Dope Project: Feminist Enough

I've been supporting my homegirl's project Feminist Enough from the sidelines for a while but I finally got an opportunity to jump in front of the camera myself. It was a lot of fun and I'm glad the project has rebooted with new content, a new look, and hopefully a new reach. Feminism is NOT a dirty word. It's NOT just for white women or old women or old white women! Our Feminism does not play well in boxes and through multimedia projects like Feminist Enough, we're telling the world how we view our feminism and color outside the lines of what others want it and us to be. Check out this and more of the series at Feminist Enough

Listen: TeenDVMonth 2014 - HipHop/Pop Culture Influence on Youth

I joined the National Resource Center on Domestic Violence for a discussion around hip hop/pop culture on youth and relationships for Teen Dating Violence Month. Check it out, only 30 mins long.

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Let’s Talk About Sex: New ‘Subjectified’ Film Shows the Real on Getting Down

When Salt-N-Pepa famously sang “Let’s talk about sex baby, let’s about you and me, let’s talk about all the good things and the bad things that may be,” in 1991 they were doing more than being cheeky and provocative to top the charts – they were revolutionary. Even in the decade of the Independent Woman, getting real about sex was still seen as a radical act. Women openly talking about sex has been taboo for far too long and the effects have been devastating. Subjectified: Nine Young Women Talk About Sex, a new film by Melissa Tapper Goldman, seeks to counteract the negative effects that our silence around sex has wrought. Through candid interviews with nine young women, Goldman provokes the viewer to answer the film’s central question: What is the cost of shame?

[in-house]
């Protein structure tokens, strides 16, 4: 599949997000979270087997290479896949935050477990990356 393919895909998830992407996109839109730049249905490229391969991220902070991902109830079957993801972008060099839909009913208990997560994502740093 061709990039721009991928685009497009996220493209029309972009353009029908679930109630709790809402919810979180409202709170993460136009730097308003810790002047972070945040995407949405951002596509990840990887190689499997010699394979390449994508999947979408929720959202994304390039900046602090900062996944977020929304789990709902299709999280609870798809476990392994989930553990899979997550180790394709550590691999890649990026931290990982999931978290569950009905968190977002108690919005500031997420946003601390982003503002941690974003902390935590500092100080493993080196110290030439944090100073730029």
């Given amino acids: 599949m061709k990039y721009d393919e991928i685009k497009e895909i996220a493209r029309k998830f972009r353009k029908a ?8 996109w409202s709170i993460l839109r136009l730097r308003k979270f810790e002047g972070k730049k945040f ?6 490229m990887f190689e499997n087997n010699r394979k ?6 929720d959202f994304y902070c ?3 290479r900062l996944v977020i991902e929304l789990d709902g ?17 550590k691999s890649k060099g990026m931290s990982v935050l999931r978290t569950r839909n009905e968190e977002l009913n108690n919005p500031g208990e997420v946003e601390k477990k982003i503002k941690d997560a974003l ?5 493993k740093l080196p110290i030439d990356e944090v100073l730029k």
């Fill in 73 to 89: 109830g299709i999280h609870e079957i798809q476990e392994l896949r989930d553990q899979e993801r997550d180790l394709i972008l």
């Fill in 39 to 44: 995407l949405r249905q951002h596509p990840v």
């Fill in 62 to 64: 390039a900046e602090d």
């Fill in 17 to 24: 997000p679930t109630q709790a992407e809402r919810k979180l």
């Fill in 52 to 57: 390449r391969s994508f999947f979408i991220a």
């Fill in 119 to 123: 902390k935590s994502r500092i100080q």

Temporary Victory for Mississippi Abortion Rights Activists

Pro-choice advocates all over can breathe a tepid sigh of relief. U.S. District Judge Daniel Jordan has extended a temporary order to allow Mississippi’s lone abortion clinic to stay open, despite efforts by that state’s government to close it’s doors. It’s not a total win – we won’t really be able to relax until the judge completes his review of how Mississippi plans to administer the law. Fingers are crossed that the ultimate ruling reflects the fact that this law, House Bill 1390, imposes undue burdens upon the state’s only abortion clinic and by extension, the women of Mississippi. Had things gone the other way, Mississippi would have become a shining example to anti-choice forces in similarly-situated states looking to ban abortion by targeting the sole facilities providing that service within their borders. Since that’s still a possibility, you should understand what this is all about?